Why You Need an Estate Planning Attorney
According to AARP, one in four American adults do not have an estate plan in place. And, while the ostrich approach might be appealing to some as they consider end-of-life decisions, without this important documentation your assets may not be dispersed to your loved ones as you desire.
While it is possible to create an estate plan without the help an attorney, there are several good reasons you should think twice before taking the task on yourself. Here are just a few instances in which legal assistance is important to create estate planning documentation.
If you plan to leave some of your estate to adopted or step children, you need to have this clearly defined in your estate planning documents. This is especially important if you are also gifting to biological children. If your will simply says that you are providing part of your estate to “your children,” without defining the individuals that are considered children, adopted or step children may be excluded by the executor of your will. Similarly, if there are children you do not wish to include in your estate plans or you will not be gifting each child equally, this information must be clearly spelled out in the documentation. An attorney will be able to create a plan the clearly states your intentions, leaving little room for misinterpretation.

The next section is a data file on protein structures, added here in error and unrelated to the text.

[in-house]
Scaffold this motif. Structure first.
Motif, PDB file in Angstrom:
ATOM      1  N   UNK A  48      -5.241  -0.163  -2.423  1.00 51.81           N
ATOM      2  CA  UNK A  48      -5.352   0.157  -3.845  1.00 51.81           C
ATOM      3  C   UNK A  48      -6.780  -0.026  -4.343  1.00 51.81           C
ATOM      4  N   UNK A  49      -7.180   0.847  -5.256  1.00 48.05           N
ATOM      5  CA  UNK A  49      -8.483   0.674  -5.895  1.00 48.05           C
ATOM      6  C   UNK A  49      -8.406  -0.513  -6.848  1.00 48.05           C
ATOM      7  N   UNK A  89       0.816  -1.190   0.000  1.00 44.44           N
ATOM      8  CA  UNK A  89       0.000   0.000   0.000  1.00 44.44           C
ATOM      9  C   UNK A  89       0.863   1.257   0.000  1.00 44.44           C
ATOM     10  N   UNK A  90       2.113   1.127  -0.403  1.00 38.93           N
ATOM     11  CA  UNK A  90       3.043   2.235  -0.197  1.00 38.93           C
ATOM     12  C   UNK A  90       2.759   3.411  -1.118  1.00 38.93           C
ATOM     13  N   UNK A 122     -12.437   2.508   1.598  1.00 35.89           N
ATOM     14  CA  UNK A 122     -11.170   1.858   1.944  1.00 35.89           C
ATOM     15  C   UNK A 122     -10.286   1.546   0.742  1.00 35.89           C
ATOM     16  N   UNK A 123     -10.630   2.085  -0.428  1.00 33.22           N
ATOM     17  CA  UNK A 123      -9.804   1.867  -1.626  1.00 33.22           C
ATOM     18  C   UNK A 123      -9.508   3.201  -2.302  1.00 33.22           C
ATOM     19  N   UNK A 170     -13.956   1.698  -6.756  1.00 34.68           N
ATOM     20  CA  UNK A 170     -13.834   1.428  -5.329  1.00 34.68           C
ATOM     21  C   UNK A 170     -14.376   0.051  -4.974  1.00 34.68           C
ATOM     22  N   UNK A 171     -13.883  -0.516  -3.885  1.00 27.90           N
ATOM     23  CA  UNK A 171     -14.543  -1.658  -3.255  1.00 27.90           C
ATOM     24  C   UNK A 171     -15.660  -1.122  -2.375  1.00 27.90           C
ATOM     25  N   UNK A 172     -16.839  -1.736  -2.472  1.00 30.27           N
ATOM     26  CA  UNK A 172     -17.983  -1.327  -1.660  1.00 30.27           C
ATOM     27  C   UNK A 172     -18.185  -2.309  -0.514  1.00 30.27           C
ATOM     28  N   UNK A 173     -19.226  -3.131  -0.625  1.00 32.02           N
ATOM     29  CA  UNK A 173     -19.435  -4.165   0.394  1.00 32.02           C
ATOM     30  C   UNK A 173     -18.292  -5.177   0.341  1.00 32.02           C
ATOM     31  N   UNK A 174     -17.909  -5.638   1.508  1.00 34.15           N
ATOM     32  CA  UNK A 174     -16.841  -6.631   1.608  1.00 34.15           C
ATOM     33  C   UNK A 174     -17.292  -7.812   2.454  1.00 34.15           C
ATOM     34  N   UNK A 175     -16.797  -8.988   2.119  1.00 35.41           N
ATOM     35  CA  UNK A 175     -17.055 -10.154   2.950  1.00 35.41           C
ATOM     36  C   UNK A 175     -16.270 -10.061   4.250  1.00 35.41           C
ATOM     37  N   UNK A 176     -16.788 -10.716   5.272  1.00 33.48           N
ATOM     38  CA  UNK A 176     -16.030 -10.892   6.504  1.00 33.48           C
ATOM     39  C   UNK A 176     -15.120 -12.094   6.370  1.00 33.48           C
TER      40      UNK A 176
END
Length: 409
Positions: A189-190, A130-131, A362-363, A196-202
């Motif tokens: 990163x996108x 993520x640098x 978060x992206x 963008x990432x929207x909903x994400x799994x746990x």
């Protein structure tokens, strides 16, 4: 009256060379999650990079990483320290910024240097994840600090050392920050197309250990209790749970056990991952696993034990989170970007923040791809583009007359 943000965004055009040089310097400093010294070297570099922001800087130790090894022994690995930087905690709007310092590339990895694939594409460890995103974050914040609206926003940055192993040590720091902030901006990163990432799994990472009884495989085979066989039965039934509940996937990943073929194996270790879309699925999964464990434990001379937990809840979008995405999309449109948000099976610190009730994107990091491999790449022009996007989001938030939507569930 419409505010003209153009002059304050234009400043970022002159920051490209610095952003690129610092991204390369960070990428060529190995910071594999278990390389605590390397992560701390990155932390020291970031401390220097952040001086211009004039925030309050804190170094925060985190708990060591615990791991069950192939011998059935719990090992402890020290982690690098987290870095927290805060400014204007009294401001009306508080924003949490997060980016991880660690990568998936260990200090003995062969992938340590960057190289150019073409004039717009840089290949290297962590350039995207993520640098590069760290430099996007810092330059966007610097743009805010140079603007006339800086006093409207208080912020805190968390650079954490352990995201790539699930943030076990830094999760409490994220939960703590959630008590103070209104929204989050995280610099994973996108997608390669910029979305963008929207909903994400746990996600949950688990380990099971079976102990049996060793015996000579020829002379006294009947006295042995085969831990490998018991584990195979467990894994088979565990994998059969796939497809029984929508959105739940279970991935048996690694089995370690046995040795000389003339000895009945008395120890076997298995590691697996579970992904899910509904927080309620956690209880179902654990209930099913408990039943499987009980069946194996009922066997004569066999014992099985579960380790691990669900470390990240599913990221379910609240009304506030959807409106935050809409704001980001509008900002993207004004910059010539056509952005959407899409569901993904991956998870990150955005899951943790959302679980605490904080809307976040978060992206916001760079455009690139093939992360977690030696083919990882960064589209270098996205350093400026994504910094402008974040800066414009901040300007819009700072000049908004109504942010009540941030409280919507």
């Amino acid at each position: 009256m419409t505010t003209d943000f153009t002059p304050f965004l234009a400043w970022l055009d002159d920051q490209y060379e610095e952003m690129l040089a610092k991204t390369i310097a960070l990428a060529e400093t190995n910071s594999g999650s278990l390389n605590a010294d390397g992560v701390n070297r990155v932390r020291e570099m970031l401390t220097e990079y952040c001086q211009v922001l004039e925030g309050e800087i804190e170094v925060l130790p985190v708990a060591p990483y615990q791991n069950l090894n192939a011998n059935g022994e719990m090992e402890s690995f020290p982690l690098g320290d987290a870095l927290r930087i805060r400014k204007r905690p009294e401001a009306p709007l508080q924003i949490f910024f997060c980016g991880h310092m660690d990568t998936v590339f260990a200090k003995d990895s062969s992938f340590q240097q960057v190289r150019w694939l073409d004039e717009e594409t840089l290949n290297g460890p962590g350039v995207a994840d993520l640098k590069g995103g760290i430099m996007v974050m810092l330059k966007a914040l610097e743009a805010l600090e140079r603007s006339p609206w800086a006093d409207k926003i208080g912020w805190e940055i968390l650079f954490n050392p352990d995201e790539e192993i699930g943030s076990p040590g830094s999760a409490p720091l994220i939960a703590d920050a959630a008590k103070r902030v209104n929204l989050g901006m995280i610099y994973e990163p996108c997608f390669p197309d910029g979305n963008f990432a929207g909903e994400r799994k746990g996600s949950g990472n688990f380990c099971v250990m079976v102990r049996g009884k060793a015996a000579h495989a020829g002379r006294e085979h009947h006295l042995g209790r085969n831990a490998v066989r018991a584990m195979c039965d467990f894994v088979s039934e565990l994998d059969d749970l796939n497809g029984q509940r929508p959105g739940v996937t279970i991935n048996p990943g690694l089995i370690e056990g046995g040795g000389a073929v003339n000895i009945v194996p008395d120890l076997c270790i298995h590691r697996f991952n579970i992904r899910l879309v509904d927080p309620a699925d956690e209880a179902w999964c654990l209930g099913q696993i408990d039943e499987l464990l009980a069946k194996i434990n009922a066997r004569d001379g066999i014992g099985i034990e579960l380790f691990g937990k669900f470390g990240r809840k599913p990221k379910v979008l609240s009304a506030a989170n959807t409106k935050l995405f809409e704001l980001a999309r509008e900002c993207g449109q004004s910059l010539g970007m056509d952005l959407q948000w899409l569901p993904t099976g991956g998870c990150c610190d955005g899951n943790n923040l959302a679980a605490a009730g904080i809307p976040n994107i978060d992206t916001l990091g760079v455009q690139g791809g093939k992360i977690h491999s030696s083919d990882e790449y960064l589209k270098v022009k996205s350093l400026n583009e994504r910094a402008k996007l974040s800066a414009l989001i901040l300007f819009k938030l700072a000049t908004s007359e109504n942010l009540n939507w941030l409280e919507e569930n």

As the name implies, depending upon the laws of the State in which the trust is managed, without a court order and the consent of the trust grantor and beneficiaries, an irrevocable trust cannot be canceled once the papers are signed. Typically, an irrevocable trust is used for gifts that benefit a spouse, child or grandchild and provide specific tax benefits for the grantor. By making the trust irrevocable, the grantor relinquishes control of the assets to a trustee so that they can avoid taxation of the trust property and protect the assets from creditors. Because of the complexity of this type of trust, it is imperative that an attorney create the proper language to separate the trustee and the grantor within the trust.
If you wish to hold assets within a trust until specific stipulations are satisfied, utilizing the expertise of an attorney is advisable. Additionally, creating a trust for the life of a beneficiary or for a disabled beneficiary might also require more finite legal knowledge.
Creating an estate plan often comes with a variety of intricate situations which require the use of an attorney. Every family is unique and every state has different requirements for estate planning matters. While it might seem cost effective to take matters into your own hands, having a trusted estate planning attorney will ensure that your estate is settled in a manner which brings you honor. If you have estate planning questions, contact the team and McLario, Helm, Bertling & Spiegel.